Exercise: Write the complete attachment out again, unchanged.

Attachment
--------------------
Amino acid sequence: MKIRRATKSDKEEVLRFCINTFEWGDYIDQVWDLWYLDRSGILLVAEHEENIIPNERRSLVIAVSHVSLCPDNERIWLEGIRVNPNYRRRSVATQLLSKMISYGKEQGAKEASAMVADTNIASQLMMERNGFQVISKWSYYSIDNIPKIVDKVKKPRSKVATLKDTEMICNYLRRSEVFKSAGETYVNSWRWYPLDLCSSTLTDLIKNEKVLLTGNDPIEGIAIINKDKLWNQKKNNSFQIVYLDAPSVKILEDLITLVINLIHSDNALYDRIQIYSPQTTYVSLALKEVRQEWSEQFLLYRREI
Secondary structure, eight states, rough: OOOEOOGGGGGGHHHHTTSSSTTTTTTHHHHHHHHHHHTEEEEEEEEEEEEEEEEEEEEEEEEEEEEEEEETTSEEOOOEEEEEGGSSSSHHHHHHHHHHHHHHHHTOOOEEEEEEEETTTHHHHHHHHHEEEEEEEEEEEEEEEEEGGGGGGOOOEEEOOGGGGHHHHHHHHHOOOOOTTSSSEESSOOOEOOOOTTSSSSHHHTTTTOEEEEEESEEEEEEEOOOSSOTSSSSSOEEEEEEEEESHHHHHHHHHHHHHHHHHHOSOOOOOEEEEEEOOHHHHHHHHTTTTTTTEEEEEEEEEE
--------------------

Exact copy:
Amino acid sequence: MKIRRATKSDKEEVLRFCINTFEWGDYIDQVWDLWYLDRSGILLVAEHEENIIPNERRSLVIAVSHVSLCPDNERIWLEGIRVNPNYRRRSVATQLLSKMISYGKEQGAKEASAMVADTNIASQLMMERNGFQVISKWSYYSIDNIPKIVDKVKKPRSKVATLKDTEMICNYLRRSEVFKSAGETYVNSWRWYPLDLCSSTLTDLIKNEKVLLTGNDPIEGIAIINKDKLWNQKKNNSFQIVYLDAPSVKILEDLITLVINLIHSDNALYDRIQIYSPQTTYVSLALKEVRQEWSEQFLLYRREI
Secondary structure, eight states, rough: OOOEOOGGGGGGHHHHTTSSSTTTTTTHHHHHHHHHHHTEEEEEEEEEEEEEEEEEEEEEEEEEEEEEEEETTSEEOOOEEEEEGGSSSSHHHHHHHHHHHHHHHHTOOOEEEEEEEETTTHHHHHHHHHEEEEEEEEEEEEEEEEEGGGGGGOOOEEEOOGGGGHHHHHHHHHOOOOOTTSSSEESSOOOEOOOOTTSSSSHHHTTTTOEEEEEESEEEEEEEOOOSSOTSSSSSOEEEEEEEEESHHHHHHHHHHHHHHHHHHOSOOOOOEEEEEEOOHHHHHHHHTTTTTTTEEEEEEEEEE